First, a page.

Sister, the third album from young Swedish heavy metal band In Solitude, captures the group as they step out of the shadows of their fore bearers to stake a claim on their own patch of darkness. No longer can they be pegged as a Mercyful Fate tribute band. Their last album, 2011’s The World, the Flesh, the Devil, was such a successful channeling of the classic early work of those Danes that it was eerie to behold.
Review Summary: In Solitude signify the twilight of their idols.Metalheads tend to debate a lot about bands having a voice of their own or not. There are the so-called “elitists”, who are in exclusive pursuit of originality, saying that derivative bands should be cast to the fire, and there are those who fancy discovering outfits that bring yesterday to today. The said debate gets even more intense about outfits residing in the grey area, bands that revisit the days of old, but have a way of bringing something of their own to the table sooner or later.
When listeners discuss Sweden's In Solitude, comparisons to Mercyful Fate come up more often than not. (See, also, the less intersting Ghost B.C.) Metal orthodoxy places reverence of “gods” above innovation, but it's not difficult to see how the quintet are viewed as a tribute to what some still consider King Diamond's finest group. Guitarists Niklas Lindström and Henrik Palm are beholden to the inverted melodicism Hank Shermann and Michael Denner displayed on Mercyful Fate's two most revered albums, 1983's Melissa and 1984's Don't Break The Oath.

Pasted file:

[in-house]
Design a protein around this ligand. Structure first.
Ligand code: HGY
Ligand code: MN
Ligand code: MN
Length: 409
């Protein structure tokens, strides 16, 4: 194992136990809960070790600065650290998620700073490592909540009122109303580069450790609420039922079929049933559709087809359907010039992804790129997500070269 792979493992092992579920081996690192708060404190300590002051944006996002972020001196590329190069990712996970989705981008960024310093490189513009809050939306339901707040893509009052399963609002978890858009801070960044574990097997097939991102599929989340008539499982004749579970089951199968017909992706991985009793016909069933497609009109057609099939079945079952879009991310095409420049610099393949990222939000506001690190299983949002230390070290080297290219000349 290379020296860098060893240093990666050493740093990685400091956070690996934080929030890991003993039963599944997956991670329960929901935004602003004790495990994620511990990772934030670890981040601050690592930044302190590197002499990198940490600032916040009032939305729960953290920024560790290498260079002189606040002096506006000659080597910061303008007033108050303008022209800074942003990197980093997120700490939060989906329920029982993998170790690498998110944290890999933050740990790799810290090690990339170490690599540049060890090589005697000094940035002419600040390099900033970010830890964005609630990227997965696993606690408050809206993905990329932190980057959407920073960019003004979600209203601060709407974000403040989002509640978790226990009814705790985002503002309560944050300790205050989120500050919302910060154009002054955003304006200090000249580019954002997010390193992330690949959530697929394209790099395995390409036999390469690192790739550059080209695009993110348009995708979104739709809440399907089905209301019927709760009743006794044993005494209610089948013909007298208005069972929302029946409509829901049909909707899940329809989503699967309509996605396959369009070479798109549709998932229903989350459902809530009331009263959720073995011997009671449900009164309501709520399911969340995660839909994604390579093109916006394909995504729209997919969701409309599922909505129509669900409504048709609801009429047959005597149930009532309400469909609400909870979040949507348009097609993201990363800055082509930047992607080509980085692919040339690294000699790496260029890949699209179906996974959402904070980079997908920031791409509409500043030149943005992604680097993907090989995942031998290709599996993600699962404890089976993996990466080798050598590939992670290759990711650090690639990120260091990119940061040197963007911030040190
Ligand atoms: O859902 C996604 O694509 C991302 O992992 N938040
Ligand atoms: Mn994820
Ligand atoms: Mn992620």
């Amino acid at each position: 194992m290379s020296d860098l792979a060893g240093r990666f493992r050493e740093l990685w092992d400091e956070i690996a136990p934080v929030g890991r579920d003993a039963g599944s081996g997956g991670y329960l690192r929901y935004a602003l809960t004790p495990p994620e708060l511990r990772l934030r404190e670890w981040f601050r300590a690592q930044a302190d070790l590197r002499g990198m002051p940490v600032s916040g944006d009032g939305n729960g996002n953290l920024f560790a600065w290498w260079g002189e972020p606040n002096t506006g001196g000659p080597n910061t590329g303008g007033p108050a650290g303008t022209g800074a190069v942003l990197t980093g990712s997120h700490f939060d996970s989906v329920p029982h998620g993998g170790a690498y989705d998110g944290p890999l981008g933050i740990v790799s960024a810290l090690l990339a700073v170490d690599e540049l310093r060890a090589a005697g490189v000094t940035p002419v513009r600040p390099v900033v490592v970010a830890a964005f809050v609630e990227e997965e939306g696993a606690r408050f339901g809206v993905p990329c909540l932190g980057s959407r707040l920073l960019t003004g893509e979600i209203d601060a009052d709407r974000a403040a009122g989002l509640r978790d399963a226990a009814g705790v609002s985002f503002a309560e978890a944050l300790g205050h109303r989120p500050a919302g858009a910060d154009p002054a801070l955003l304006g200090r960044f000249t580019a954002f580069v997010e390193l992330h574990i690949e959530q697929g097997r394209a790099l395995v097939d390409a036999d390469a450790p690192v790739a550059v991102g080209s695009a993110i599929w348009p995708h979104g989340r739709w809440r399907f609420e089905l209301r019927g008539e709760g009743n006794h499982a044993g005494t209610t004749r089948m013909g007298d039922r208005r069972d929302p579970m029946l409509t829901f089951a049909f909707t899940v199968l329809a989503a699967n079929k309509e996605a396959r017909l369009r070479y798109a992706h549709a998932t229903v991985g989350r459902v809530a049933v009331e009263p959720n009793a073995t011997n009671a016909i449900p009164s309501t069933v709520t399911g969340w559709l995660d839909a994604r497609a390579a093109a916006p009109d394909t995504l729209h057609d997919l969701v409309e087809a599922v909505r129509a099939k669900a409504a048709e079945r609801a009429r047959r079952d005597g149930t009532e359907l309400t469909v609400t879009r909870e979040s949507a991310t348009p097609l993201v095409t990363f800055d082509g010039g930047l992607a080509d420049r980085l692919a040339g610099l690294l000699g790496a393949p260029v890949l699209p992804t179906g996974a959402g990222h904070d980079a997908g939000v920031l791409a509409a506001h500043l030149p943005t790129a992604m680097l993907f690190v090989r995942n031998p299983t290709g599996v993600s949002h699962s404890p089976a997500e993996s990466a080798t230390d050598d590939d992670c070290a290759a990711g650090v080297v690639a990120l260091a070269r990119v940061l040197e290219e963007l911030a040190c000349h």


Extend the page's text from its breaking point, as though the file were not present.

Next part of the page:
The third full-length from Swedish wizards In Solitude artfully combines the wailing, triumphant solos of NWOBHM with the smokier tones of occult rock. Sister slows the classic heavy metal pace down to a languorous groove, unravelling, rather than galloping forward. With clear nods to Mercyful Fate and Coven, and also saluting fellow Swedes Ghost, with their retro-metallic spook-rock, In Solitude explore their genre constraints, instead of attempting to explode or operate outside them.
After spending a couple of records in thrall to Mercyful Fate and the New Wave of British Heavy Metal, occult metal quintet In Solitude takes a different road on its third LP Sister. What direction that is, exactly, seems still to be determined. Apparently hellbent (pun intended) on no longer sounding like King Diamond and co.’s greatest acolytes, the Swedish band folds strains of 70s hard rock, mournful doom and straight-up rock & roll into its anthemic devil metal stew.